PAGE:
- Page 1Fujifilm Finepix F11
- Page 2 Fujifilm Finepix F11
- Page 3 Fujifilm Finepix F11
- Page 4 Feature Table
- Page 5 Test Shots – Full Res Crops
- Page 6 Test Shots – Exposure Evaluation
- Page 7 Test Shots – Exposure Evaluation
- Page 8 Test Shots – Exposure Evaluation
My only other design criticism is the battery hatch. The battery has no separate clip, and can fall out when you open the hatch to change the memory card.
The F11 is quite a chunky camera compared to most current compacts, measuring 27.3mm thick and weighing 190g including card and battery, which is a bit bulky for a pocket model. It is very square looking, but the shaped handgrip and the indented thumb rest on the back make it very comfortable to hold. Like the F10 it handles extremely well, and is a genuine pleasure to use.
The control layout is logical and concise, although Fujifilm is still persisting with its F button system, a separate second menu just for ISO, picture size and colour mode. There really is no advantage to this system that I can see. I know it’s supposed to make things simpler for beginners, but all it means is that to make any adjustments you have to access two menus instead of one. Since this camera is ostensibly aimed at enthusiast and experienced photographers, who can be expected to make a lot of adjustments to various settings, this two-menu system will slow the camera down. The superior menu system found on Fuji’s higher-end cameras such as the S9500 will hopefully soon find its way onto more mainstream cameras.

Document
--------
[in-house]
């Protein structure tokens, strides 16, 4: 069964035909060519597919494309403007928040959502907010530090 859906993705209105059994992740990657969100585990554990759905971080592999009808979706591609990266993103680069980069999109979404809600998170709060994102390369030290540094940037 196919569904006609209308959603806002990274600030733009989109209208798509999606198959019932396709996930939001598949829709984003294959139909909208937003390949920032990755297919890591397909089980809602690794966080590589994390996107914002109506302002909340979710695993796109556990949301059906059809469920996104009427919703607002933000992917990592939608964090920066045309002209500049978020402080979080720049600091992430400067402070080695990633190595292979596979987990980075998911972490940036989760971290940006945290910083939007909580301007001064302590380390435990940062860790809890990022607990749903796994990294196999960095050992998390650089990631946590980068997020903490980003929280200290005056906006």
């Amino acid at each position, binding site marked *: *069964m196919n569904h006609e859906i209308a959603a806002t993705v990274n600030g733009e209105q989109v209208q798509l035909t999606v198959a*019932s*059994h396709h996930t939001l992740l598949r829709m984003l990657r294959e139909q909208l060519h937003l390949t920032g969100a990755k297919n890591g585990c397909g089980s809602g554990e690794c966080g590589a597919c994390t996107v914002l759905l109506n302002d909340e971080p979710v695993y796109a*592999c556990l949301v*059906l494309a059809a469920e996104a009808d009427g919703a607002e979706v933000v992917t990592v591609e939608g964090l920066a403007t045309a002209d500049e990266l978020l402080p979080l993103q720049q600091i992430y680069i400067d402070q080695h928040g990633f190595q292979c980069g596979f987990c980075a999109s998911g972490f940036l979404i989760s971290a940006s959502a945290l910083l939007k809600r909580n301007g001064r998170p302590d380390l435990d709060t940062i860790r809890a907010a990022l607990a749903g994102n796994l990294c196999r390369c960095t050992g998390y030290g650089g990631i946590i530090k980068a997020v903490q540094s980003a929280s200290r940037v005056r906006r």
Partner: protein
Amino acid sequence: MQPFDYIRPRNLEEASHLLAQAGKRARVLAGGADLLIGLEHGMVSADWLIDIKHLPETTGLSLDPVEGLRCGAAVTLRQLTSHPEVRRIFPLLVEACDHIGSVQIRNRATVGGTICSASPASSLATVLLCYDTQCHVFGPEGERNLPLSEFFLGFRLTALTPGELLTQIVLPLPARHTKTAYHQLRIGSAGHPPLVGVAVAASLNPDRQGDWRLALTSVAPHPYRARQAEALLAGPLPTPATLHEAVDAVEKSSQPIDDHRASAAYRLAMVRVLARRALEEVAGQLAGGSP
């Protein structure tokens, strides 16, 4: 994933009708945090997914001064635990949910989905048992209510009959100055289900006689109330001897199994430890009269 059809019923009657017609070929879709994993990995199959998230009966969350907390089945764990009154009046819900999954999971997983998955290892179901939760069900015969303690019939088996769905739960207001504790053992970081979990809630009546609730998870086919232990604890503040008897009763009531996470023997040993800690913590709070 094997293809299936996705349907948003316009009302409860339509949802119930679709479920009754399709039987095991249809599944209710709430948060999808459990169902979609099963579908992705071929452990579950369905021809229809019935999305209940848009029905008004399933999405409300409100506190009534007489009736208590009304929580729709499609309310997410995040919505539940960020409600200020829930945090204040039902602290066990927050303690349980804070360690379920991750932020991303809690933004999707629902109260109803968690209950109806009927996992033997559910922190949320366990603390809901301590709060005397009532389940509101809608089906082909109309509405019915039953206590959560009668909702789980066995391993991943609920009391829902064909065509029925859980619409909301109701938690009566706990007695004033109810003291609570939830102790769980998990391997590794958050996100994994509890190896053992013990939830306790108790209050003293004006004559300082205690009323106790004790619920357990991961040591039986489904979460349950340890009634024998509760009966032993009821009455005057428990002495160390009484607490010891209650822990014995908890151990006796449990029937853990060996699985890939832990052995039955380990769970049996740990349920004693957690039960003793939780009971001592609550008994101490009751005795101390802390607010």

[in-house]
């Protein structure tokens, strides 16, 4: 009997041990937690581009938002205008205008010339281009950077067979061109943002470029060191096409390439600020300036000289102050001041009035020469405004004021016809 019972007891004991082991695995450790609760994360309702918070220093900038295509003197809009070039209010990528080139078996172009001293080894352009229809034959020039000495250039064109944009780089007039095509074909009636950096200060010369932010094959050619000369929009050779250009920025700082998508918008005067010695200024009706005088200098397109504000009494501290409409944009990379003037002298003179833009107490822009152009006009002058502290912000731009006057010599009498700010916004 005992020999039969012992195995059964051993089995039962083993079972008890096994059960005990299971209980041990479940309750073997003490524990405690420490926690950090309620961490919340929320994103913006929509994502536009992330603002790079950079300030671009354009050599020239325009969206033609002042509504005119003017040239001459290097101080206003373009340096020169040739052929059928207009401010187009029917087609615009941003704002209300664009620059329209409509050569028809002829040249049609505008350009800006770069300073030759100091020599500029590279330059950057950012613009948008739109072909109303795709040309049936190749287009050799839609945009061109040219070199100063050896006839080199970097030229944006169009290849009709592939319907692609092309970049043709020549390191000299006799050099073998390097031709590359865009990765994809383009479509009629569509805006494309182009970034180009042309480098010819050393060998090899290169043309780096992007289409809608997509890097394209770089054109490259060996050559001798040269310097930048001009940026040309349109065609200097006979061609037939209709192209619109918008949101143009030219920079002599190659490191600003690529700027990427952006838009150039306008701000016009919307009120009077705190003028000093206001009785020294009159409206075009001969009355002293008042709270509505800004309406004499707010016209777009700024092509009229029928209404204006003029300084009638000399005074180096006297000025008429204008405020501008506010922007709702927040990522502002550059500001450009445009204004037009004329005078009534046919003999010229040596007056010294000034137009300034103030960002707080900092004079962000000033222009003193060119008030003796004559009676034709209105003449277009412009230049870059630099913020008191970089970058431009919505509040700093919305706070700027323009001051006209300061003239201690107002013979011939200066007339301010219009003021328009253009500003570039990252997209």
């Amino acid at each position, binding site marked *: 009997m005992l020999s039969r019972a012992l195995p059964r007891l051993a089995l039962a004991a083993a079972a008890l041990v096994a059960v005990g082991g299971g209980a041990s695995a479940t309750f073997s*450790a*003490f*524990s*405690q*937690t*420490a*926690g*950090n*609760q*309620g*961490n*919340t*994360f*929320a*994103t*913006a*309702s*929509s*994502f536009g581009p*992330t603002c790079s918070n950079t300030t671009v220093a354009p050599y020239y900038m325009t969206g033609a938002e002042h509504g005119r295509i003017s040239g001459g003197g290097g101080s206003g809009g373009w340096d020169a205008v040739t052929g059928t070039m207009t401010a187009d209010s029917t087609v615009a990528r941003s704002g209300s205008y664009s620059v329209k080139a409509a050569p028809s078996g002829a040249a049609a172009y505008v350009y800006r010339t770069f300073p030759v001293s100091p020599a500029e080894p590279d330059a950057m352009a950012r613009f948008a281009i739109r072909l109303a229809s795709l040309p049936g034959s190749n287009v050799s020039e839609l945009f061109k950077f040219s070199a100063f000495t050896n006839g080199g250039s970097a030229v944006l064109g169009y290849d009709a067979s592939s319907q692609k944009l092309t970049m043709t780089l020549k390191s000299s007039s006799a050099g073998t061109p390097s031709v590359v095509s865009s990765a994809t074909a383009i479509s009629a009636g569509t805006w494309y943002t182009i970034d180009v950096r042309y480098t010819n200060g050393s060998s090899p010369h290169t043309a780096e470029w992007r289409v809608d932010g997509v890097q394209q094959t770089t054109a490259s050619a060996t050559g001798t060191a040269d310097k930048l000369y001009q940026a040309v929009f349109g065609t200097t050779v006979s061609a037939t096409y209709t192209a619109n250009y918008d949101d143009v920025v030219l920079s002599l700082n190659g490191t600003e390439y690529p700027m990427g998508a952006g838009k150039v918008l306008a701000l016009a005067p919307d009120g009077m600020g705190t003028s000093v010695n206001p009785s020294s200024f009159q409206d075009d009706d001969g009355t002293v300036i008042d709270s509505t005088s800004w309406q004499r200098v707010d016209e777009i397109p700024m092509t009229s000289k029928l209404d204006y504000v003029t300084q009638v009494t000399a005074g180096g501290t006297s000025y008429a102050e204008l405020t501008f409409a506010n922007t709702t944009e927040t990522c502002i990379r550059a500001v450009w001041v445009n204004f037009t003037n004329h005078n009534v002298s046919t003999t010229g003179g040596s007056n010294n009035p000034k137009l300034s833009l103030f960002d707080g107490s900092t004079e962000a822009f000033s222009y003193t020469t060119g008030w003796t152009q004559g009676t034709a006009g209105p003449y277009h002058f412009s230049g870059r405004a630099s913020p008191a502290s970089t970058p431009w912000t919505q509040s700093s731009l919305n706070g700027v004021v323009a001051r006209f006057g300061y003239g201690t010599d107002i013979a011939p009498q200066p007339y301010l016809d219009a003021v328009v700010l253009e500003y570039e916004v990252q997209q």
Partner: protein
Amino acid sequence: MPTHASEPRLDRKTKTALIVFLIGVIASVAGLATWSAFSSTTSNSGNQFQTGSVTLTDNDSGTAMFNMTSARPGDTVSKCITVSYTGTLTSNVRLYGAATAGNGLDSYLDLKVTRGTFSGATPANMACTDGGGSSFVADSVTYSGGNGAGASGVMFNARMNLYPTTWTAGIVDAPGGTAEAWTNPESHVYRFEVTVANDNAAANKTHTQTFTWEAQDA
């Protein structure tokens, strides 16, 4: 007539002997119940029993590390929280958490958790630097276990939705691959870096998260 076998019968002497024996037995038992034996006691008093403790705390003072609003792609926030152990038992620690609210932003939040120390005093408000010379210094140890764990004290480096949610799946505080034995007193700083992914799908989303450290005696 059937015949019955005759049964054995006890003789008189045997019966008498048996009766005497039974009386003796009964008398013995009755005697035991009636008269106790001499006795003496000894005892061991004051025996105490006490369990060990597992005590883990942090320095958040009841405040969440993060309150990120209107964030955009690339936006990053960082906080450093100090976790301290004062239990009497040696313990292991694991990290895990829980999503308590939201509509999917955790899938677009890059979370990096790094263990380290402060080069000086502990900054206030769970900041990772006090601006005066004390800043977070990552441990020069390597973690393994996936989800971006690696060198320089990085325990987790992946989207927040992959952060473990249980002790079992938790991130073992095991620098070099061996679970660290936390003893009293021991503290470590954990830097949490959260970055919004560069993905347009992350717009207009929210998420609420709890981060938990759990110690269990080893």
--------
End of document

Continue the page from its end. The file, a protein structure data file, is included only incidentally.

Aside from this minor complaint the F11’s overall performance is just as good as its predecessor. It has a respectable 1.3 second start-up time, and a shot-to-shot time of under a second. Shutter lag is negligible, and the AF system is as fast and accurate as ever. I found that it would focus quickly and accurately in very low light even without using the built-in AF illuminator.
The 64-segement exposure metering is also extremely accurate, and with the addition of spot and average metering provides a comprehensive exposure control system. There is only a limited number of scene modes, with just Natural Light, Sports, Night Scene, Portrait and Landscape to choose from, but these cover most eventualities.
There is also a good movie mode, shooting at 640 x 480 resolution at 30 frames per second, with shooting times limited only by the capacity of the memory card. Using the supplied 64MB card it can record for approximately 55 seconds at full resolution.